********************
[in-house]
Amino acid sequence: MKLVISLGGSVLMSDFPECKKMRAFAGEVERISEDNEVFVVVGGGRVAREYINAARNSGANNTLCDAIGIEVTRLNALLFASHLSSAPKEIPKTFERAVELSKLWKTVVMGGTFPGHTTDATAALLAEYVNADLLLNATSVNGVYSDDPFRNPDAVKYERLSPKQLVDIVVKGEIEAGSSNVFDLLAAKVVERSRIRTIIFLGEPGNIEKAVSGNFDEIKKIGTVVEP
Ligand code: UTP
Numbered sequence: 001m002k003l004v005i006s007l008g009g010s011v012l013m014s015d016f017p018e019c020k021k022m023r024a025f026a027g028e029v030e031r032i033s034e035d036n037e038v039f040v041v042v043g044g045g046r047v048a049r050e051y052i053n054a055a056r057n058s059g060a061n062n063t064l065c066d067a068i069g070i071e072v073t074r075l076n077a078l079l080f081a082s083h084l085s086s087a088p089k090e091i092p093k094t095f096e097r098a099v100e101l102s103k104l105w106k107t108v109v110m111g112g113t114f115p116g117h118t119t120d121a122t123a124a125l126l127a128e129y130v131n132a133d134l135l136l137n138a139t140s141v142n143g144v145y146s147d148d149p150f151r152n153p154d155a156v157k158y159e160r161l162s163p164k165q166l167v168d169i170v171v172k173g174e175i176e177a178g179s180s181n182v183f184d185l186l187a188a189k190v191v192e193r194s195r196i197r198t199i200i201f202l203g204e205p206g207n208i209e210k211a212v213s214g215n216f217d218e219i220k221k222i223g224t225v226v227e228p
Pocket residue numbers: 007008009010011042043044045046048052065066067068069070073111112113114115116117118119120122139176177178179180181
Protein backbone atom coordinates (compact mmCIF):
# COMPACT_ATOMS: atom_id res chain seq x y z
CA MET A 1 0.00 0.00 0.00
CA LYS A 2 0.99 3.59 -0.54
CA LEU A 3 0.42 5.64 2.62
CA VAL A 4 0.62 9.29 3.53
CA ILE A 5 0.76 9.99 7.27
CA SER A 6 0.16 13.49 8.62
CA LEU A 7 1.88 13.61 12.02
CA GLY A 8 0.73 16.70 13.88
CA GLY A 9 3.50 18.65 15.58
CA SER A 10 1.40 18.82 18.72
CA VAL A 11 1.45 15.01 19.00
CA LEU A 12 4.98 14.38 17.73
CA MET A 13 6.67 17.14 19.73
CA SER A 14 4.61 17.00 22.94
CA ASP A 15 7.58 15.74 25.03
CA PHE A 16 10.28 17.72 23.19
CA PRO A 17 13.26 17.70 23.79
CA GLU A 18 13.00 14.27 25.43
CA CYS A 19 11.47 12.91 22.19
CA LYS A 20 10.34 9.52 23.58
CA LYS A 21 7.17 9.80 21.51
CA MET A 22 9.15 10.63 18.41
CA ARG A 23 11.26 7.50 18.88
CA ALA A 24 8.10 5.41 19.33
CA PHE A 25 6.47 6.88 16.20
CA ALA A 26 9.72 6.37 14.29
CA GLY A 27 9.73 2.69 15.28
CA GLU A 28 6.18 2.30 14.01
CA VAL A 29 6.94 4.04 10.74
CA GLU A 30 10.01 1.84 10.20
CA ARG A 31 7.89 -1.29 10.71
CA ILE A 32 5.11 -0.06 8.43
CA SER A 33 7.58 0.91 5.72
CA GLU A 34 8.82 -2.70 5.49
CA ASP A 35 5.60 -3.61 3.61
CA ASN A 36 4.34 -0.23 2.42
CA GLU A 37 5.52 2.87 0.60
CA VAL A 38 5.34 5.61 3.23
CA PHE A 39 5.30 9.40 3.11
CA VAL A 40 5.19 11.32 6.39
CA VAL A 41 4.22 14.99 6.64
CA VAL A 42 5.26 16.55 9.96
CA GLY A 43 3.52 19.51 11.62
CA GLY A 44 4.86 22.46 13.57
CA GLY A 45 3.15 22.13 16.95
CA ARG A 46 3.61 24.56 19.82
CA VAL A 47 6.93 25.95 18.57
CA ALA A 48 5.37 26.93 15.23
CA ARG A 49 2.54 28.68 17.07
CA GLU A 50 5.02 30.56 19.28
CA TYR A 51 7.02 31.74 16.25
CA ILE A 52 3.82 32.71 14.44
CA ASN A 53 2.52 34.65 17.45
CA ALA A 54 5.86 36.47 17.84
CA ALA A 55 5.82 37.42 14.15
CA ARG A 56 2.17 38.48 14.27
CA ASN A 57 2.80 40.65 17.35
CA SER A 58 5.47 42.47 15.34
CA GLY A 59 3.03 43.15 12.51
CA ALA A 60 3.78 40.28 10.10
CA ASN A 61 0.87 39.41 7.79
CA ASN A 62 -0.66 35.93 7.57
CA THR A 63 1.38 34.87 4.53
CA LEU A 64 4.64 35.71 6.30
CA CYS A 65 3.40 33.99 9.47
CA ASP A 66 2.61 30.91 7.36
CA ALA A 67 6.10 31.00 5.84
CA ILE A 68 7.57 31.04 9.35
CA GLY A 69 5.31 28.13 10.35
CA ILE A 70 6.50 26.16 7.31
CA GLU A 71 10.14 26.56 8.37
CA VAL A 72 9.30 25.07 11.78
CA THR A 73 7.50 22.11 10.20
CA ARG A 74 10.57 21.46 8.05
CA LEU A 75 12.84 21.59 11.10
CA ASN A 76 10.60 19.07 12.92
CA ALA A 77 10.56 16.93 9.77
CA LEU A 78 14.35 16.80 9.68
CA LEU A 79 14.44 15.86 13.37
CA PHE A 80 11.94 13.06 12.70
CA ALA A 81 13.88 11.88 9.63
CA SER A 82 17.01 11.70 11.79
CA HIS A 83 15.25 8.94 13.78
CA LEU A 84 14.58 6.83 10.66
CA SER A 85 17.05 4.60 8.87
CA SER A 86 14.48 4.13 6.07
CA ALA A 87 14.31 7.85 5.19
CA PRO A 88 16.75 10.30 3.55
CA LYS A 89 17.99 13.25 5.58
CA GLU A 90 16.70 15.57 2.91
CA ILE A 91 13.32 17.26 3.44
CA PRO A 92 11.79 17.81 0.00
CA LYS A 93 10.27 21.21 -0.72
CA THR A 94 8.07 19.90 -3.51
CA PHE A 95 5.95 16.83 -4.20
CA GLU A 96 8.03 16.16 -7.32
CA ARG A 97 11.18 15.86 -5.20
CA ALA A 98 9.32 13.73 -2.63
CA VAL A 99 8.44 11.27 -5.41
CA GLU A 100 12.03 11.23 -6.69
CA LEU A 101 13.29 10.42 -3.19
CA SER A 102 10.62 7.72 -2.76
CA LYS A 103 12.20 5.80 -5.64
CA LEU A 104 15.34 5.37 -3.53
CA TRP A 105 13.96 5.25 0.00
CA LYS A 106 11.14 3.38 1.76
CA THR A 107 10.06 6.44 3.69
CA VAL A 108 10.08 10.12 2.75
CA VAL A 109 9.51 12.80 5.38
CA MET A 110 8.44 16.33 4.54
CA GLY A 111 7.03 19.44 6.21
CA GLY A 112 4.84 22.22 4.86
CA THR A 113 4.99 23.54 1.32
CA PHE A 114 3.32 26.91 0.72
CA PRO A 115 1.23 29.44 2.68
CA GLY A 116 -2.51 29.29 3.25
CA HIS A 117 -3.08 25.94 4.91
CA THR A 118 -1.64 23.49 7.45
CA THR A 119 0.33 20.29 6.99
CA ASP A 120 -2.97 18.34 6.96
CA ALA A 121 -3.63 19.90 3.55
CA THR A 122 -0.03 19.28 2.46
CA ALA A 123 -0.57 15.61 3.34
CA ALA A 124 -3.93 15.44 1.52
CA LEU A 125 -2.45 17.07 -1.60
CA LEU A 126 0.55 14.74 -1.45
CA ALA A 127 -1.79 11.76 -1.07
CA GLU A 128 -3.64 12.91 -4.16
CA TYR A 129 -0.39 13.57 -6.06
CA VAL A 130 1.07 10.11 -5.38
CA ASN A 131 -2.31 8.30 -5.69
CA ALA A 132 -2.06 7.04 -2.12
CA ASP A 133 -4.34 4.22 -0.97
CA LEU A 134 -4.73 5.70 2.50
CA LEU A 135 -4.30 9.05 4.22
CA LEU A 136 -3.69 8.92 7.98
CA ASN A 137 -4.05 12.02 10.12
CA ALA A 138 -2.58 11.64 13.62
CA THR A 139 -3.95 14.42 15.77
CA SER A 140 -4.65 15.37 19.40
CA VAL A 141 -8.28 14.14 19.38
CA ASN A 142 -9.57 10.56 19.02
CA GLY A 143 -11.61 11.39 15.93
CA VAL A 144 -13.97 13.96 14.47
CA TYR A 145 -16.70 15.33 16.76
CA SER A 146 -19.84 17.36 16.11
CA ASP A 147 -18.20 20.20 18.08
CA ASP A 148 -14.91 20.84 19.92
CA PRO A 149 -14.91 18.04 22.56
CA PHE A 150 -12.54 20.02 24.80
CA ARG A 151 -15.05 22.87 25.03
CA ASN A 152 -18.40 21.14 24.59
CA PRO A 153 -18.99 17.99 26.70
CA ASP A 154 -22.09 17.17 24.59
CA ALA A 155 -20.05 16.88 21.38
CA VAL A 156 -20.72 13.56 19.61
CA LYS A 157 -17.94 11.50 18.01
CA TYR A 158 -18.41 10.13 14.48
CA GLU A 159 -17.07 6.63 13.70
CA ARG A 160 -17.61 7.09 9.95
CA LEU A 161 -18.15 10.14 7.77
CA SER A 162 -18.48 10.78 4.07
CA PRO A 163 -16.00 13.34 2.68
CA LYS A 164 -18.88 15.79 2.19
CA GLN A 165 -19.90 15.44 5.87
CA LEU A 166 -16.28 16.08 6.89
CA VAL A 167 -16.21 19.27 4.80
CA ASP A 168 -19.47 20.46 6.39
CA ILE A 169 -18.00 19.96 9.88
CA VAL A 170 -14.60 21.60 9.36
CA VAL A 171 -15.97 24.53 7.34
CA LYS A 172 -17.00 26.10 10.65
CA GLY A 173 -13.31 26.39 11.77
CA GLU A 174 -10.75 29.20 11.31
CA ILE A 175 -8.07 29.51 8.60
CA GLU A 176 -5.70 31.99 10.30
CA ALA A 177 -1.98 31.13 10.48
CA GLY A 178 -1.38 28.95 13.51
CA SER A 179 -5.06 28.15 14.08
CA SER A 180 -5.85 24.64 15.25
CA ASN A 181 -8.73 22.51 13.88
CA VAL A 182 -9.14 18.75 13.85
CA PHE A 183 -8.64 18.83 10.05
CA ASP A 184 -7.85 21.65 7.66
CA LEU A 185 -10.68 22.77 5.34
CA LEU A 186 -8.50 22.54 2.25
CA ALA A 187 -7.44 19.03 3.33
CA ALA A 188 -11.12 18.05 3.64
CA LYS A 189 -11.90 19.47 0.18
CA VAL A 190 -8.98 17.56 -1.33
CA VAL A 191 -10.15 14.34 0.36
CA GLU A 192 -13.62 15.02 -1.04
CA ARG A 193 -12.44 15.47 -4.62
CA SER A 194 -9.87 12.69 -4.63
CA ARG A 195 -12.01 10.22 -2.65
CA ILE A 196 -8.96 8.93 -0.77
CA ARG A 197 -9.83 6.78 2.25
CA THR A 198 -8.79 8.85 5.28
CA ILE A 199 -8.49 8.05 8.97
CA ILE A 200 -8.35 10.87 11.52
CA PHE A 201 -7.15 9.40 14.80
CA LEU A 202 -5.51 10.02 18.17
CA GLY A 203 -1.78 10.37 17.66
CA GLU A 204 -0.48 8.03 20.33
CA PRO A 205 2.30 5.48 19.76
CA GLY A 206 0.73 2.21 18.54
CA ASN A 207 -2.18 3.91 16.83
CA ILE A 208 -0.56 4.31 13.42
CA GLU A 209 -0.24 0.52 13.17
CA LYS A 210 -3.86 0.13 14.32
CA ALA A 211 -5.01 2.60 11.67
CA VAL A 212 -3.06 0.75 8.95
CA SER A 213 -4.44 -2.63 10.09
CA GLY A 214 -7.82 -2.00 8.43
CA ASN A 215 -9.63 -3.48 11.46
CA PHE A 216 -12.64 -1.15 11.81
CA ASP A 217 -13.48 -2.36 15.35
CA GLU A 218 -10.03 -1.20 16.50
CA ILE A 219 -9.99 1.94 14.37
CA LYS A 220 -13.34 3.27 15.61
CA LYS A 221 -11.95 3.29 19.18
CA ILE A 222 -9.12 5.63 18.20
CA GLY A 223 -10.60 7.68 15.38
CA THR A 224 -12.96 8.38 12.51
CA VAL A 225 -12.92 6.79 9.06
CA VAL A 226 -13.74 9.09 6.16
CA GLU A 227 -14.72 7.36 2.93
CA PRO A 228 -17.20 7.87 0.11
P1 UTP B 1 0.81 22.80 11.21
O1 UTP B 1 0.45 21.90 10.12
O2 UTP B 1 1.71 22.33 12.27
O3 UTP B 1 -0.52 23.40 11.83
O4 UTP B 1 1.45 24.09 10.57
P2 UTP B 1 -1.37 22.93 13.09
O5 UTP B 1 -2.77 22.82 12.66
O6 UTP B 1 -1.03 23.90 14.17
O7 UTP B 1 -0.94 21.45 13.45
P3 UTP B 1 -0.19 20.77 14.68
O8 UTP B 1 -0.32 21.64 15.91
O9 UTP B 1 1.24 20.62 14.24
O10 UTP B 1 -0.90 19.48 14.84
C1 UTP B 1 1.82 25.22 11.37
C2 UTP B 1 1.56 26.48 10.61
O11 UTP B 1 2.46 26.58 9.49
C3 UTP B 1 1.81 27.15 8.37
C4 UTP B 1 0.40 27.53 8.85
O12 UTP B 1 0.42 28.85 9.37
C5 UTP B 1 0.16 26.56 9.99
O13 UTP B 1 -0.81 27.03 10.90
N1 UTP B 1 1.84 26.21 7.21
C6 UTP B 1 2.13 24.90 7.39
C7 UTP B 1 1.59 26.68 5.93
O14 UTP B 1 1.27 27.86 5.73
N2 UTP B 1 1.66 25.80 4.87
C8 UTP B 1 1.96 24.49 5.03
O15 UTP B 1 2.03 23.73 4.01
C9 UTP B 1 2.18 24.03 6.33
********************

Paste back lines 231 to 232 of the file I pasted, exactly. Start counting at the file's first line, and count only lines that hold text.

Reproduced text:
CA THR A 224 -12.96 8.38 12.51
CA VAL A 225 -12.92 6.79 9.06